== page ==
Review – The Crow: Hack/Slash #1 (IDW Publishing)

The Crow: Hack/Slash #1
  • Writing - 7/10
  • Art - 7/10
  • Overall - 7/10
User Review
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Writer/Layouts: Tim Seeley
Artist: Jim Terry
Letterer: Neil Uyetake
Maturity Rating: Mature
Publisher: IDW Publishing
Release Date: June 26, 2019

Cassie Hack and Vlad are on the trail of another mysterious “slasher”, but what they come to discover is much more strange as the legend of The Crow comes to Hack/Slash.


“Are There Spots in a Leopards Eyes Also?” The Crow: Hack/Slash #1

The worlds of Cassie Hack and the Crow collide in The Crow: Hack/Slash #1 from IDW Publishing. Cassie Hack and her partner Vlad are on the trail of another suspected slasher. When a person resurrected by the Crow won’t stop killing, things turn from bad to worse for Cassie and Vlad. How do you stop a resurrected vengeance-seeking killing machine that can’t be killed? Maybe someone else brought back by the Crow can help solve the case!


The Crow hack # 1( IDW Publishing) Cover art by Tim Seeley
The Crow: Hack/Slash #1 (IDW Publishing) Cover art by Tim Seeley

I feel like, from reading what Tim Seeley says about The Crow, we have the same experience and love for the property. That has me excited about this 4-issue mini-series. If you don’t know, I am a huge fan of The Crow. Seeley also wrote the best and only sequel you need to know about for The Lost Boys. It seems me and Seeley have the same affection and love for the same pop-culture things. I also really enjoyed Seeley’s run on Green Lanterns a few years ago. So, this is a long way of me saying I have no clue about Hack/Slash. I know it is Seeley’s creator-owned thing but I have never read it (I can’t keep up with everything!). 

Not knowing the world of Hack/Slash did make The Crow: Hack/Slash #1 a little difficult to get into, as this is probably not the best introduction to the characters of Cassie Hack and Vlad. We get a short paragraph to introduce them, which works well. This first issue also completely revolves around the duo and them hunting down a “slasher”, so that didn’t really help me understand them that well.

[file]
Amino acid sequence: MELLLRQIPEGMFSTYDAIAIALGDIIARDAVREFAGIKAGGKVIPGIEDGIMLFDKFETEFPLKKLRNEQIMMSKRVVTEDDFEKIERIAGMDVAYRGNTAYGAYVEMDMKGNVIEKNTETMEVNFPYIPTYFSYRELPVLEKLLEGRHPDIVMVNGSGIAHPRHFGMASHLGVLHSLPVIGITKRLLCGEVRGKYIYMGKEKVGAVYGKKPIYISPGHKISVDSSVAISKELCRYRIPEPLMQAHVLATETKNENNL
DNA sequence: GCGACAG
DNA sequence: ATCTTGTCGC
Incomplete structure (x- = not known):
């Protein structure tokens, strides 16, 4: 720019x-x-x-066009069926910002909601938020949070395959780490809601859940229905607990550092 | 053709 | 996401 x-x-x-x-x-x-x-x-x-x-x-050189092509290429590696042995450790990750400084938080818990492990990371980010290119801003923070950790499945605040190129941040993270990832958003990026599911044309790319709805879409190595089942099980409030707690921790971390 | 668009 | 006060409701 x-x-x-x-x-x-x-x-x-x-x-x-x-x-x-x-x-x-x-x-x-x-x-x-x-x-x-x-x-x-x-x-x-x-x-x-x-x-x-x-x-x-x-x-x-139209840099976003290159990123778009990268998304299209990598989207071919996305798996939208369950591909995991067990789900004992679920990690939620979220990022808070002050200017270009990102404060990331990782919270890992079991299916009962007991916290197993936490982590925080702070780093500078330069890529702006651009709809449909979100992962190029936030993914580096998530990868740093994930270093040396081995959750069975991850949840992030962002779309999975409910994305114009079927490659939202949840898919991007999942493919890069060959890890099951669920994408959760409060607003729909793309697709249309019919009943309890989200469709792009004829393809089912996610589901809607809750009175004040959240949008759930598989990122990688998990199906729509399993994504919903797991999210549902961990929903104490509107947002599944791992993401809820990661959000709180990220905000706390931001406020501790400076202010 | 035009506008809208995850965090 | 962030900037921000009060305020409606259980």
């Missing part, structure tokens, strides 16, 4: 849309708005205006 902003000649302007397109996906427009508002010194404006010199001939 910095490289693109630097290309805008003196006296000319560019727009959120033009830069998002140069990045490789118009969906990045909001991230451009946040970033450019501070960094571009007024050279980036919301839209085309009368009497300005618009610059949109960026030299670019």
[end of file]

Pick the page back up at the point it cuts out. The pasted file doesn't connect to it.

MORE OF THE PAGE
To Seeley’s credit, I wasn’t completely lost, and by the end of the issue, I found myself wanting to learn more about Cassie Hack. So I might do some back issue diving at some point into the Hack/Slash world. Seeley does excel at introducing some interesting The Crow plot points. I won’t spoil anything but he brings in another unique dynamic to that situation. I really love his dialogue for all the characters as well. Especially the resurrected Angeles Cero; it reminds me of a lot of the original James O’Barr The Crow comic.


Tim Seeley does the breakdowns as Jim Terry does all the other art duties in The Crow: Hack/Slash #1. Terry is no newcomer to the Crow’s world. I liked his work on The Crow: Skinning the Wolves a few years back. I love the character designs in this issue. There is a good sense of body shape and mass that flows well in the issue. There is a great amount of good background detail as well, throughout the issue, that I am always a stickler for. It just makes the world feel more alive and “lived” in as we go through different scenes you can see pictures, broken windows, buildings, trees, etc.. taking up space and making the pages feel full.

Now, I am not 100% completely sold on the design of the Crow character we see on the cover. I like the long, muscular lankiness of his frame and the face paint. It mainly comes from the crow symbol on his chest. It looks a little like chest hair in the shape of a crow at times. I mean, it is not terrible, just at times, it looks strange. I do like that the colors are much brighter than I was expecting. It adds an almost “campy” feel to the issue, which helps it have that feeling of being serious but also not taking itself too seriously.


I am still a little wary of this mini-series after the first issue. There is a lot of stuff I liked, but being centered around Cassie Hack and Vlad didn’t really capture me (this being my first introduction to them). Now, that is not saying the story was bad or anything—it has me wanting to maybe see what the Hack/Slash is all about—but for right now it is a little confusing what they are all about. The issue is also a very fast read, it felt like, probably because of the larger panel layouts.

That being said, there was a lot I enjoyed about this issue, even though I am totally confused about what Vlad is and what a “slasher” is. I did find Cassie and Vlad compelling characters. The dialogue is fantastic and I did find the characters and plot very interesting. I also really like the brighter coloring work and was surprised about how well it fits the story. It also has a great cliffhanger ending that has me on board for the next issue. I am very interested to see what Seeley does now that the story is really ready to get going!

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